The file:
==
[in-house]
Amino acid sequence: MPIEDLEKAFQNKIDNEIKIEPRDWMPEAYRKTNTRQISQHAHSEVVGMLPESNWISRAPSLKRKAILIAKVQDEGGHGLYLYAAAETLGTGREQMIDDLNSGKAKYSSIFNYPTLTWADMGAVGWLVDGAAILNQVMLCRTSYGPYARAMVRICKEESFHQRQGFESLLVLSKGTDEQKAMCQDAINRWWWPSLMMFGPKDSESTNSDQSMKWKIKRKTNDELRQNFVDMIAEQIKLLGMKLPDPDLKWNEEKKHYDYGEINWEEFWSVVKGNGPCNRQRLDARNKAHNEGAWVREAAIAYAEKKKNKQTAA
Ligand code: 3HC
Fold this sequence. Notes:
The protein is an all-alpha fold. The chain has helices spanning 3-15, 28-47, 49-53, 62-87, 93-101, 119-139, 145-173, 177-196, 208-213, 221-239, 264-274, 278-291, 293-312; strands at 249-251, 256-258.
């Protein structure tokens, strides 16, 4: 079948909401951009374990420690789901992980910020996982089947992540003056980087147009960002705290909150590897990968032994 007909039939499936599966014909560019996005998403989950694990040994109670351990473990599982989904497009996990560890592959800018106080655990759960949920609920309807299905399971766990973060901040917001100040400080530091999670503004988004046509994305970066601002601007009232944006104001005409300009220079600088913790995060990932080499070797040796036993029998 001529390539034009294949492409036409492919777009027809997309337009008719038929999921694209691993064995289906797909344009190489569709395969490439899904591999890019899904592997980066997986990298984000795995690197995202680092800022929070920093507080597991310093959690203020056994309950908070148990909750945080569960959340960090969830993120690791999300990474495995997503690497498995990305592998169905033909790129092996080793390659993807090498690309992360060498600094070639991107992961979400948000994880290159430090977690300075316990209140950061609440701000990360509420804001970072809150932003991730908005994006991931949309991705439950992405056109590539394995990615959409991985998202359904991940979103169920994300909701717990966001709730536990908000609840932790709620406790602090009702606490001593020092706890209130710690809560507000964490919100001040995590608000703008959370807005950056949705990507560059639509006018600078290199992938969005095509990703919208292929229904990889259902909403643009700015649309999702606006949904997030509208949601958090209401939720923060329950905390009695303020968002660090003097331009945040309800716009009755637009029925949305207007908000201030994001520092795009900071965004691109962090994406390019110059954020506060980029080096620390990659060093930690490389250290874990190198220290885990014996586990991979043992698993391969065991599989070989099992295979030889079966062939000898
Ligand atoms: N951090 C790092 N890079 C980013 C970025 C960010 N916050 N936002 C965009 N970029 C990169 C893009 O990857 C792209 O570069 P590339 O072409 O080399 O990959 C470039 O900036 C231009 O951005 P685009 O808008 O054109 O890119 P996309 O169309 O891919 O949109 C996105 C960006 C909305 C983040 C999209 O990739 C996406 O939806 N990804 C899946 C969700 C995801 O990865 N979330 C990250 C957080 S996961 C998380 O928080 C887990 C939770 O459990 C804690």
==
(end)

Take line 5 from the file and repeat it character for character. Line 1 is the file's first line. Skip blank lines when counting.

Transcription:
The protein is an all-alpha fold. The chain has helices spanning 3-15, 28-47, 49-53, 62-87, 93-101, 119-139, 145-173, 177-196, 208-213, 221-239, 264-274, 278-291, 293-312; strands at 249-251, 256-258.